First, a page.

Urethral swabs were obtained from 659 male patients presenting with urethral discharge at 72 primary health care facilities in seven West African countries. Swabs were also obtained from 339 controls presenting with complaints unrelated to the genitourinary tract. Polymerase chain reaction analysis was done to test for Neisseria gonorrhoeae, Chlamydia trachomatis, Trichomonas vaginalis, Mycoplasma genitalium and Ureaplasma urealyticum. N. gonorrhoeae (61.9%), T. vaginalis (13.8%), C. trachomatis (13.4%), and M. genitalium (10.0%) were most common in symptomatic men. Multiple infections were common. This study indicates that M. genitalium and T. vaginalis are important causes of urethral discharge in West African men. The frequent co-infection with any of four pathogens supports the need for syndromic management. The current WHO recommendation to give a drug effective against gonorrhea, as well as a second drug (tetracycline or doxycyline) effective against chlamydia to all patients with discharge will provide coverage for these two infections, and possibly for M. genitalium as well. The role of metronidazole in treatment needs to be examined further.

Population Council. Reproductive Tract Infection Fact Sheets. Reproductive Health and Family Planning (2001). Available at:
The thirteen Reproductive Tract Infection Fact Sheets produced by the Population Council present up-to-date information related to RTIs in a clear and accessible manner. A wealth of information is included. Information specific to men and RTIs is included on pages for RTIs; prevention; treatment, and management of sexually transmitted infections; RTIs and family planning; adolescents; relationships between sexually transmitted infections and HIV/AIDS; and social issues. An extensive annotated bibliography is included.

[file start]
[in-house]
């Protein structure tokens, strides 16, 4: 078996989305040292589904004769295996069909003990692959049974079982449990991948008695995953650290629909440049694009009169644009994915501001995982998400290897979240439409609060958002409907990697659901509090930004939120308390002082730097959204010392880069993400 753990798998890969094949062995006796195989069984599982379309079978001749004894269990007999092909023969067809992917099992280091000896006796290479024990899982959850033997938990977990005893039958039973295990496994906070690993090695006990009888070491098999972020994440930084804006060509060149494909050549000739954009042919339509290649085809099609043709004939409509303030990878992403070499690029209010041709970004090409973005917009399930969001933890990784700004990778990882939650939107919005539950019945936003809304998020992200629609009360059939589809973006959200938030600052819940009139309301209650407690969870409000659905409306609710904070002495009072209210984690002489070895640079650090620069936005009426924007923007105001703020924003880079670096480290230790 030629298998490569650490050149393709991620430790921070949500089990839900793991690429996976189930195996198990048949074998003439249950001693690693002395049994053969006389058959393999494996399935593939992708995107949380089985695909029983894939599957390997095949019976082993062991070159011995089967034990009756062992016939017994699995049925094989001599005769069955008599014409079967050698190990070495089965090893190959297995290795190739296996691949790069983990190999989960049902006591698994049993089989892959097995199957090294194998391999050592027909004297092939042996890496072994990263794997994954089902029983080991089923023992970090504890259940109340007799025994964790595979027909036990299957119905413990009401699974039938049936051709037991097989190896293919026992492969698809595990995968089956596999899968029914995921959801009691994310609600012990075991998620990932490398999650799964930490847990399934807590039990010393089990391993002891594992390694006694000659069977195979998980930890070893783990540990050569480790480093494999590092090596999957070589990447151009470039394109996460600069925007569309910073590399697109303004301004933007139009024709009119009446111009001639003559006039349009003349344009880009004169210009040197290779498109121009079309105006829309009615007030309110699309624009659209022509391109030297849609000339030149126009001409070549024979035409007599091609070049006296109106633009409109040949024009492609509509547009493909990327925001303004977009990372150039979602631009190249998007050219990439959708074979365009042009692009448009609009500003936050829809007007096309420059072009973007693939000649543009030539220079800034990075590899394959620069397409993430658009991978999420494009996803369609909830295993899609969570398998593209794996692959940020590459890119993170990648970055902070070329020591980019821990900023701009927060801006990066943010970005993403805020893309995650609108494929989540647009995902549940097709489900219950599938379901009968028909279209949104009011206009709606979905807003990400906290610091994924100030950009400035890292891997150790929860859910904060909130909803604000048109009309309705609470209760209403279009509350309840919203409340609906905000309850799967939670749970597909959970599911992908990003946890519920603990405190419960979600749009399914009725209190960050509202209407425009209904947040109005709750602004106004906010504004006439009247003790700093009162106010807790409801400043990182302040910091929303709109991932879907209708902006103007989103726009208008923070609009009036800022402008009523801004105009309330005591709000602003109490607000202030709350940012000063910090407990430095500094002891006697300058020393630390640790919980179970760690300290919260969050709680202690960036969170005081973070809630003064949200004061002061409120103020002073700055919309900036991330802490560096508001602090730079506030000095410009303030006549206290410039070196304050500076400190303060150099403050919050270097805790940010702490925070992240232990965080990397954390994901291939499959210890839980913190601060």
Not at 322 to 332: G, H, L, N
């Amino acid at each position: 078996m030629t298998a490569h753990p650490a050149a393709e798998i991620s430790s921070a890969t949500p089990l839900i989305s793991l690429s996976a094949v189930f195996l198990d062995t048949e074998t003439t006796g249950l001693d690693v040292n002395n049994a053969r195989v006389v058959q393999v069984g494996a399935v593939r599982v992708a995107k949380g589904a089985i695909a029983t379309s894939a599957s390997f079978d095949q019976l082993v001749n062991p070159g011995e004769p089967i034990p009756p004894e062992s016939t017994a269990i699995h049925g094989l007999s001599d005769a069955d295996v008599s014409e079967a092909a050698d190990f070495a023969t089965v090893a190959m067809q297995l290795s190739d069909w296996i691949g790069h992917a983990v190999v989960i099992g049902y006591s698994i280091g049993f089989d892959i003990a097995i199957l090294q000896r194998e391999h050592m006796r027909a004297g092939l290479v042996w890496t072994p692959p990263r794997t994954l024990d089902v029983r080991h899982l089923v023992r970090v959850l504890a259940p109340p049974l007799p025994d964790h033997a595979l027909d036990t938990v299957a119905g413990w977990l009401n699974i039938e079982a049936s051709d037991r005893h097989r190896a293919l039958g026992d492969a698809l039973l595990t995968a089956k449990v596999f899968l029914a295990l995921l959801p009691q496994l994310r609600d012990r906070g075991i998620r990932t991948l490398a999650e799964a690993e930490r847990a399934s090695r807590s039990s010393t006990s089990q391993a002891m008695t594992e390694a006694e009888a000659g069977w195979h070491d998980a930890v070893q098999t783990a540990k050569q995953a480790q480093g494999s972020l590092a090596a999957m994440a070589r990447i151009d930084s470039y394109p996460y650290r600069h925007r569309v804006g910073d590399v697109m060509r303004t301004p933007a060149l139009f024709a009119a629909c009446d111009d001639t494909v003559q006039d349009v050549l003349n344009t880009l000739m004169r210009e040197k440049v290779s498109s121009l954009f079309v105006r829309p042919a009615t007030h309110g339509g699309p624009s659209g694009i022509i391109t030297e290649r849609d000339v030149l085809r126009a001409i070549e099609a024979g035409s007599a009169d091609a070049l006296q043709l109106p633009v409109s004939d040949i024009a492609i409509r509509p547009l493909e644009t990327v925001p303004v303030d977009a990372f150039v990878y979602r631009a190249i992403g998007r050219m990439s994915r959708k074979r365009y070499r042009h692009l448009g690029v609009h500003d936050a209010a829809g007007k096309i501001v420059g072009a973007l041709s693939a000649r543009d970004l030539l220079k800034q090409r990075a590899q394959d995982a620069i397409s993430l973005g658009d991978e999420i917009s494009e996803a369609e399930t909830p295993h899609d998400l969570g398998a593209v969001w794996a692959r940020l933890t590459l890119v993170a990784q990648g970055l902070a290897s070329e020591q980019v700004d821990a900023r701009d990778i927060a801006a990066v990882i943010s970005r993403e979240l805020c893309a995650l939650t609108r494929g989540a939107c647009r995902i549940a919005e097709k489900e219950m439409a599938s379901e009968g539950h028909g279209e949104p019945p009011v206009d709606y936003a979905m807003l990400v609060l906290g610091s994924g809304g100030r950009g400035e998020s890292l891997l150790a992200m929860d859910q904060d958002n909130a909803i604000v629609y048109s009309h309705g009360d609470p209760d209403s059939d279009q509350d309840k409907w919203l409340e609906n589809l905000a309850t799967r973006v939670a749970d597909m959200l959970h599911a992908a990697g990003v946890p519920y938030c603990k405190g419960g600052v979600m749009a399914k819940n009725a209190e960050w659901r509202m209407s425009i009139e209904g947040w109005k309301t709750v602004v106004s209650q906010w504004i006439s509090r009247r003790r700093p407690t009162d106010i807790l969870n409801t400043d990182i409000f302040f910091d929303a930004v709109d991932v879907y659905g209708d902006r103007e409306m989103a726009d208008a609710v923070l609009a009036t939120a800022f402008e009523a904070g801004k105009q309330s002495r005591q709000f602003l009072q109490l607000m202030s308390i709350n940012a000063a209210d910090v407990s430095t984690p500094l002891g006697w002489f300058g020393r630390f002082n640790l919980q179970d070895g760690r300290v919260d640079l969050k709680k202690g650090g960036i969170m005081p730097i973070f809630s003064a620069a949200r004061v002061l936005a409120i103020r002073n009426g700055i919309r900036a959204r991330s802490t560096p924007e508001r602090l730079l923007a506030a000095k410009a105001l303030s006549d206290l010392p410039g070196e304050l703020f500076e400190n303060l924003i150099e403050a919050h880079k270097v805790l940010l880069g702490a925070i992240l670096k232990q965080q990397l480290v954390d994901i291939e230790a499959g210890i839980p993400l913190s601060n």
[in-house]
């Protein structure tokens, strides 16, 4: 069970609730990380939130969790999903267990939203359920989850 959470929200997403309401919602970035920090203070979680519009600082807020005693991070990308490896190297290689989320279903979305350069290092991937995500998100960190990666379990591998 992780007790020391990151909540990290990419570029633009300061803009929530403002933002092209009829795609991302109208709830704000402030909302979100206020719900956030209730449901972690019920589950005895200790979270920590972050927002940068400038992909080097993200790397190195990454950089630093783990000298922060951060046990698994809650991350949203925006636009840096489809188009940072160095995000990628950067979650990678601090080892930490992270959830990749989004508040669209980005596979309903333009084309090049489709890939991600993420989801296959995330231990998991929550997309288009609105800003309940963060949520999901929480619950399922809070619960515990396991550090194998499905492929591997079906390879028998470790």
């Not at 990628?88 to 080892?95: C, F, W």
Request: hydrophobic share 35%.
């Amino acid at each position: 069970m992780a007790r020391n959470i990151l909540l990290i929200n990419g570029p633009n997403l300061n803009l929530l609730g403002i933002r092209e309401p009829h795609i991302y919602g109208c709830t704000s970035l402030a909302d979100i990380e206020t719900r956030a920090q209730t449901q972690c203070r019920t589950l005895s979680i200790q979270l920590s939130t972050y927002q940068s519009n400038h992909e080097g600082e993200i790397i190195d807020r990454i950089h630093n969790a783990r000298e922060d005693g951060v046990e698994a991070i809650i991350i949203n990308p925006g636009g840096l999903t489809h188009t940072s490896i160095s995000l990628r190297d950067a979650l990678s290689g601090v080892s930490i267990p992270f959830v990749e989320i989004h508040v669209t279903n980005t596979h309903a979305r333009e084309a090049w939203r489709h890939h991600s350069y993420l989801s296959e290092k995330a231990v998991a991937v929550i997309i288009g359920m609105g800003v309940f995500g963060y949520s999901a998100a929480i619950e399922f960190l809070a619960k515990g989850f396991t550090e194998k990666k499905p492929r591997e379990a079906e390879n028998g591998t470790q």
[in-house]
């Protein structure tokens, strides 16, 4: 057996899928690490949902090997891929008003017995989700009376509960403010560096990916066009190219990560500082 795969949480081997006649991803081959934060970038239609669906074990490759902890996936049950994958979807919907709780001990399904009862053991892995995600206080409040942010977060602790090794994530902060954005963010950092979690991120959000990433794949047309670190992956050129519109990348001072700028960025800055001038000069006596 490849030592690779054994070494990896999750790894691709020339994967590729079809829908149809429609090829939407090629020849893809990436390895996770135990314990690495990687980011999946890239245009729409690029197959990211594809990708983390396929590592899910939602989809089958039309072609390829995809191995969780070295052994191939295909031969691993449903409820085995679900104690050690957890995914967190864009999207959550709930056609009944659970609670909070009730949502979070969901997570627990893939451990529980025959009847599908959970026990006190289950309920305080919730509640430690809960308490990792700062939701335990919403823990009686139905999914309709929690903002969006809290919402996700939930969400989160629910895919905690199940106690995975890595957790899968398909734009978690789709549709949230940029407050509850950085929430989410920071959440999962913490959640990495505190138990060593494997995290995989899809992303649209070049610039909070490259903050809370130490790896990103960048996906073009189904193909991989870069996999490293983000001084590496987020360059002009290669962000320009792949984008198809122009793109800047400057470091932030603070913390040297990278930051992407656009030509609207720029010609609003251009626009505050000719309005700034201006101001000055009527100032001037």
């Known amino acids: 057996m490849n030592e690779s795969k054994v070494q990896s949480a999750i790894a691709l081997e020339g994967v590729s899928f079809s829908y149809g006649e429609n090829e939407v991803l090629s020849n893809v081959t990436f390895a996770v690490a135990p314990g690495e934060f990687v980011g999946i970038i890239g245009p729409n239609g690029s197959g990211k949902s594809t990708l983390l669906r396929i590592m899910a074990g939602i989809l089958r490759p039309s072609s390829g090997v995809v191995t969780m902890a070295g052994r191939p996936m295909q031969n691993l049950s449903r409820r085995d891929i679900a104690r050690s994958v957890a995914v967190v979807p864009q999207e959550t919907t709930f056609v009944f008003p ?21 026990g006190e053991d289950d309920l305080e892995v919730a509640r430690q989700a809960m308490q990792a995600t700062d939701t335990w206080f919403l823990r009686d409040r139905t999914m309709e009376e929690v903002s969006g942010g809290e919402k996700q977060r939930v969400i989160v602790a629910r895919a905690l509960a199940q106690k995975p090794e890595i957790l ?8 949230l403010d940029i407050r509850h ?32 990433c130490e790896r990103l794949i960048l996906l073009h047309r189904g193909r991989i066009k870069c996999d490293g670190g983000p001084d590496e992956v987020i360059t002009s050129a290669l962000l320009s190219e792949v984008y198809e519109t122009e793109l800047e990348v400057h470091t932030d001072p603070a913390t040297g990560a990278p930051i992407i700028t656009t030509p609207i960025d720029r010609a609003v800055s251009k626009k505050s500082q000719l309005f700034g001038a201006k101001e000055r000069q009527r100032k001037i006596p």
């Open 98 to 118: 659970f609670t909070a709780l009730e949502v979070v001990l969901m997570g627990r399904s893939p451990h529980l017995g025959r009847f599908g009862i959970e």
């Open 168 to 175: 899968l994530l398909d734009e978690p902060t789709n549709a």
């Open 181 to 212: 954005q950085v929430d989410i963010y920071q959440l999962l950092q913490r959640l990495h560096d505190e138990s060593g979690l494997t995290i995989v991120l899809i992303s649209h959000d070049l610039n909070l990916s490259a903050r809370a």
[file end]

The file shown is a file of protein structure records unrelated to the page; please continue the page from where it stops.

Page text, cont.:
Pulerwitz, J. et al. Extrarelational sex among Mexican men and their partners risk of HIV and other sexually transmitted diseases. American Journal of Public Health 91(10): 1650-1652 (October 2001).
The first population-based survey in Mexico of male sexual behavior indicates that a substantial number of women are at risk of STIs because of their partners sexual behaviors. Of the 3,990 men in the final sample, 15 percent of the married and cohabitating men reported extrarelational sex. Nine percent of these men reported condom use during their last intercourse—22 percent if their last sex was with a secondary partner and 4 percent if with the primary partner. Secondary partners were most often friends, coworkers, or mistresses, indicating that men often encounter these partners in their normal social circles. Of the men reporting extrarelational sex, 89 percent said their primary partner was unaware of the secondary partner, 80 percent perceived no personal risk of HIV, and 70 percent said they never placed another at risk. This lack of perceived risk, low use of condoms, and high rates of extrarelational sex indicate that many Mexican women are at risk of STIs due to their partners behaviors. Targeted interventions based on the social context of extrarelational sex could reduce STI risk among this population.

Sanchez, J. et al. The etiology and management of genital ulcers in the Dominican Republic and Peru. Sexually Transmitted Diseases 29(10):559-567 (October 2002).